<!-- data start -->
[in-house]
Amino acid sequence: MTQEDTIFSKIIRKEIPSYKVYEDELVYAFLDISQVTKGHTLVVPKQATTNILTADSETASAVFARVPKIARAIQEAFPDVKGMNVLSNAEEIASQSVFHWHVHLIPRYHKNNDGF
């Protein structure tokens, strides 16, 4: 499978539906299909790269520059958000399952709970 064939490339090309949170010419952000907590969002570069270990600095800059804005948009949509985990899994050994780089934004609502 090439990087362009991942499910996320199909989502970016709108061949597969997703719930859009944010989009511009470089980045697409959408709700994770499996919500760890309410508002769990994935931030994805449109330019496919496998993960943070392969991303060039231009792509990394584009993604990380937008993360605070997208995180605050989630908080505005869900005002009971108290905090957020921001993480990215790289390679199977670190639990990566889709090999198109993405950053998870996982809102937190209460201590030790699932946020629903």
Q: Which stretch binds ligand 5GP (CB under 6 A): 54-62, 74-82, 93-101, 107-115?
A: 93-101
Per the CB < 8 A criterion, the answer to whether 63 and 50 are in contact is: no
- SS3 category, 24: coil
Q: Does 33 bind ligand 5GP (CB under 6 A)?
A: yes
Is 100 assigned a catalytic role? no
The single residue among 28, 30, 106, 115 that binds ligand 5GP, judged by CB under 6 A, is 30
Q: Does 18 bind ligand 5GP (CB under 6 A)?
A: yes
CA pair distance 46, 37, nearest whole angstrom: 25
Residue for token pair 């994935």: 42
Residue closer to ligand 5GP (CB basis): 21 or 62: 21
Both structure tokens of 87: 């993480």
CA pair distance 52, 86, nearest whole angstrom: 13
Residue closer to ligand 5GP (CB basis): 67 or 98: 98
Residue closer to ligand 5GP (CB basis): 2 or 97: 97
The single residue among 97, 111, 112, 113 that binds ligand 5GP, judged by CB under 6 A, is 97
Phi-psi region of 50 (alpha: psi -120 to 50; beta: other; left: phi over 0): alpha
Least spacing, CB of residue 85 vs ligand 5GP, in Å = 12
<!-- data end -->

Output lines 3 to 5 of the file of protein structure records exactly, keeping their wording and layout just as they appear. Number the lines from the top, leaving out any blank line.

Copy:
């Protein structure tokens, strides 16, 4: 499978539906299909790269520059958000399952709970 064939490339090309949170010419952000907590969002570069270990600095800059804005948009949509985990899994050994780089934004609502 090439990087362009991942499910996320199909989502970016709108061949597969997703719930859009944010989009511009470089980045697409959408709700994770499996919500760890309410508002769990994935931030994805449109330019496919496998993960943070392969991303060039231009792509990394584009993604990380937008993360605070997208995180605050989630908080505005869900005002009971108290905090957020921001993480990215790289390679199977670190639990990566889709090999198109993405950053998870996982809102937190209460201590030790699932946020629903």
Q: Which stretch binds ligand 5GP (CB under 6 A): 54-62, 74-82, 93-101, 107-115?
A: 93-101